The Ultimate Treasure Hunt — CJ Dunham

Today I’m happy to welcome author CJ Dunham as she shares about treasure hunts.

Treasure hunting. Those two words call up powerful images of adventure and wealth. In reality, the process is arduous and requires specialized equipment. However, there is more than one kind of treasure, and more than one way to hunt.

Research. That one word calls up images of beleaguered students and bloodshot eyes. But not so for this author! The process of researching a story idea is laborious, no doubt about it, and also requires the right equipment: my “little gray cells,” as Holmes would say, and adventures through the halls of my local library and inside the cyberspace of my internet connection. And the pay-off can be grand!

I had eight weeks to come up with a proposal for a novella for Barbour Publisher’s 9-in-1 collection. There were restrictions I didn’t like. The story had to be set in the U.S., preferably the Midwest, and between 1852 to 1912. Not my favorite locale or time period. But what began as restrictive soon became liberating when I launched into the research phase and hit the mother lode. I found Isaac Goodnow’s diary at He was the founder of Manhattan, Kansas. Although he died in 1894, his entries provided me with a wealth of details and insights into frontier life, and I “met” a man I now keenly respect and admire. My life is fuller and richer for finding him in the archives, which gave me an appreciation for a life outside my own.

From some of his rare but poignant descriptions (“The stars shine out in their golden splendor”), to entries about his travels back East to raise money for a town college (that would be the second in the nation to admit women), I found a foundation for my novella. These gems gave “truth” to my story.

Research was the key to transforming a wisp of an idea into a novella titled “The Last Letter.” My fragmentary notion of a character named Emilia Davis became a post Antebellum young woman who lost everyone she loved in the war. The novella opens the day Lee surrenders, and Emilia mails her last letter to her deceased fiancé. In the ensuing weeks, she hears a lecture from a Mr. Isaac Goodnow who is raising money for his plans to build Blue Mont College in the new state of Kansas. He inspires Emilia to embark on a daring, if not dangerous quest to open a mercantile in Manhattan.

Even though the piles of research yielded only a handful of nuggets I could use in the framework of my story, it was an exhilarating process, and those nuggets were worth more to me than gold: they added detail and dimension to a story I would not have written otherwise. And stories are the most powerful and transformative medium in my life, one I can pass on to my readers, my children, my grandchildren, and, who knows, my great-grandchildren?

Research can be the most rewarding treasure hunt of our age. Libraries, museums, journals, and even everyday life can expand our understanding, enrich our empathy, … and become the vehicle for a legacy of stories.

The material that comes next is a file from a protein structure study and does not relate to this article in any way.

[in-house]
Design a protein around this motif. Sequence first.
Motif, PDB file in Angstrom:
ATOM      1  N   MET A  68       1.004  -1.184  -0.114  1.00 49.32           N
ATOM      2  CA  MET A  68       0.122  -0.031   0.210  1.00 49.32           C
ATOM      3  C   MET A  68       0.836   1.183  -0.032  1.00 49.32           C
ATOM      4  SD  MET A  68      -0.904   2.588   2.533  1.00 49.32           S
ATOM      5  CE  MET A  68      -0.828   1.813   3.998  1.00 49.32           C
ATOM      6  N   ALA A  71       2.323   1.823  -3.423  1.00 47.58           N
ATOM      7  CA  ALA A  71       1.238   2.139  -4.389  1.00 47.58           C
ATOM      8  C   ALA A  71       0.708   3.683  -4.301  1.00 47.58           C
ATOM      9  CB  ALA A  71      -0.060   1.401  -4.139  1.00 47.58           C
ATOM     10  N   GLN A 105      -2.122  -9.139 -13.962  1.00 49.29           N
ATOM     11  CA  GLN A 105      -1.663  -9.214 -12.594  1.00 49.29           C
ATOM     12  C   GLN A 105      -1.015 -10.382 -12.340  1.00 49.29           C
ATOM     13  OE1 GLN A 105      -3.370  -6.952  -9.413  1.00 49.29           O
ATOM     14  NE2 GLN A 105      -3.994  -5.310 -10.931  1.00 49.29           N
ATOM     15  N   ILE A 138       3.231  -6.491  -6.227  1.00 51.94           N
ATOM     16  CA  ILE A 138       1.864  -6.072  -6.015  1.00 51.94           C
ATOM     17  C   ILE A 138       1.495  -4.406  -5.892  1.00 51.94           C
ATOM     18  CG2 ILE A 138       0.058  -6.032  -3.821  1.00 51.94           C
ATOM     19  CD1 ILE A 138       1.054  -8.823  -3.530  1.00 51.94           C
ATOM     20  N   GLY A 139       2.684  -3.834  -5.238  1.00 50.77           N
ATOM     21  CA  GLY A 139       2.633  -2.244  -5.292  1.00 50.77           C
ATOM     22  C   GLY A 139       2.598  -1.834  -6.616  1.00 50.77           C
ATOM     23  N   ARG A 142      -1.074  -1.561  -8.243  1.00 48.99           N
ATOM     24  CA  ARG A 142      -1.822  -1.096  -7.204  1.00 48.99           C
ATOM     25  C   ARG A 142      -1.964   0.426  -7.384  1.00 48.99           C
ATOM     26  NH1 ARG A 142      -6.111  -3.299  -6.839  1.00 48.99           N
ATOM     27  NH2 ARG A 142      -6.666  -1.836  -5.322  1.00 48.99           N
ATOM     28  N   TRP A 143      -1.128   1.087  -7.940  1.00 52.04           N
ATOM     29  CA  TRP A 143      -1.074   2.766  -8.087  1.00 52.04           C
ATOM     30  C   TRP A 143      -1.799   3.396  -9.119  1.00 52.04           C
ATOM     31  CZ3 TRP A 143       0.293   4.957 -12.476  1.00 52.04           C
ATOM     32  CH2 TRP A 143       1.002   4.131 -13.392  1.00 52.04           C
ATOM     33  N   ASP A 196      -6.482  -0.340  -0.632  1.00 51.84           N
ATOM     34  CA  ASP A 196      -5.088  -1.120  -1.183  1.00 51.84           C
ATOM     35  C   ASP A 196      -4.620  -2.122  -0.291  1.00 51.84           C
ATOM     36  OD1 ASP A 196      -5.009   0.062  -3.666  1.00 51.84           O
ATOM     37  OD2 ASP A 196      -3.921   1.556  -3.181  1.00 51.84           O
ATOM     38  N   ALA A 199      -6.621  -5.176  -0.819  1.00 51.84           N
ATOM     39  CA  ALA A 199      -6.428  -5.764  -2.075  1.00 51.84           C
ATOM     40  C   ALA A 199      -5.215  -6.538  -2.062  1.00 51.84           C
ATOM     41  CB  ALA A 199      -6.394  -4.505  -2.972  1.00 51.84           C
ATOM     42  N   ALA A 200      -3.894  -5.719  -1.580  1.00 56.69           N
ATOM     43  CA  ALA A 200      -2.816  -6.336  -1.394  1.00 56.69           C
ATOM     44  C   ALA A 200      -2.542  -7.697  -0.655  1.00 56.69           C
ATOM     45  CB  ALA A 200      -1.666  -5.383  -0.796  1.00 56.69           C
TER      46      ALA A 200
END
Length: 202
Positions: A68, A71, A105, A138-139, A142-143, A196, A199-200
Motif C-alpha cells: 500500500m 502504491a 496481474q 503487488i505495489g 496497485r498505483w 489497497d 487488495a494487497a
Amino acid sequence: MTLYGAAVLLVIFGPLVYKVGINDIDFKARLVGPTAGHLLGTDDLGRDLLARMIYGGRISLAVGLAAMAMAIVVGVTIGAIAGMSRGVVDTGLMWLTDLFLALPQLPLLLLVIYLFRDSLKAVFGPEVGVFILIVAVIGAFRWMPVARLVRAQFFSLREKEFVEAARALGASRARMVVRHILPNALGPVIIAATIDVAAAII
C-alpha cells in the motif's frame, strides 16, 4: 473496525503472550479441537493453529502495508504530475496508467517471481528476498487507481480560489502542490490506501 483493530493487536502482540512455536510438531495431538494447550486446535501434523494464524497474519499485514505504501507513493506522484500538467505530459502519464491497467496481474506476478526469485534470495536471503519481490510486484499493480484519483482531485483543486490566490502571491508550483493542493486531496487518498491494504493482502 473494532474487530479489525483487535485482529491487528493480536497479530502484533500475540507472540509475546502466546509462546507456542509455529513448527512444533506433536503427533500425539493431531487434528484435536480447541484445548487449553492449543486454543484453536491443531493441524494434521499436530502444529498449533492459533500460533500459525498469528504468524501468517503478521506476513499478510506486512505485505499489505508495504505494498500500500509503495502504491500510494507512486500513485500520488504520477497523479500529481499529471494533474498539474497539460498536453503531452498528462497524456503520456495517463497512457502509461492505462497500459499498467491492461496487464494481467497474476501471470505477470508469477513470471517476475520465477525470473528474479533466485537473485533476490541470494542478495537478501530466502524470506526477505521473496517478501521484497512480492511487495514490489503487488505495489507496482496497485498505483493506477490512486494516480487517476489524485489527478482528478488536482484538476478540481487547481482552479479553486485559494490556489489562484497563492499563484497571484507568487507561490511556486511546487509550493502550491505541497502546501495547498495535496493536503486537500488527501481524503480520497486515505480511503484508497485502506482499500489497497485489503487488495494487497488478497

About CJ:

I reside in Colorado Springs, near the shadow of Pikes Peak. Though I love having my own “personal” mountain outside my window, I draw my best inspiration from prayer, books, research, my family, and personal experiences. All this coalesces in this chair, here in my own little corner.

I am compassionate, creative, and dedicated. I love writing, not just for the singular pleasure of the craft, but because it affords an opportunity to connect with, entertain, and inspire others.

Find me online at:

Please join me Feb. 14 for my cover reveal for “The Last Letter” in the Secret Admirers Collection, scheduled for release in May of 2017 by Barbour Books.


4 thoughts on “The Ultimate Treasure Hunt — CJ Dunham

  1. Thanks so much. Lovely to find another person who does not mind research. I love it. In fact when I entered my late fifties, I developed insomnia. Just one of those lovely perks of “that time of life,” right? This is where we all jump up and sing two verses of “I enjoy being a girl.” Anyway, this is how I would spend many a sleepless night. I was in grad school and doing research on the reintroduction of sacred dance back into worship settings. Anyway, it got me through those tough times because I did not sit and grumble about sleeplessness, and I was doing something that actually energized me. Finished the degree, wrote a book, “Moving into the Holy,” and returned to normal sleep patterns. God is good. Although I don’t necessarily recommend web crawling for insomnia, I do say, “Yay,” for research. Oh and, “Yay,” for getting older. Tis a time just full of God’s rich blessings.

    Thanks for sharing,

    laura padgett

  2. Laura, what a perfect comment! I’m 54 and going through that “change of life.” I have trouble sleeping now, too. Fortunately, I’m still a napper 😉 There is a time to research, and then there is a time to trust the Muse and write. When I start burning out on “web crawling,” I know it’s time to lay out all my notes and dive into the realm of story. Sometimes it’s a tricky balancing act. And yes, I whole-hearted concur: God is good!

  3. I am in my mid-fifties and have a few sleepless nights myself. I love to learn new facts and research topics of interest. Thank you for sharing this nugget of knowledge with us about Isaac T. Goodnow.

  4. It’s so fascinating to read the journal of a man who lived in the 1800’s. Reminds me to write in my own, create my own personal history for someone else to read one day. Thank you for the comment!

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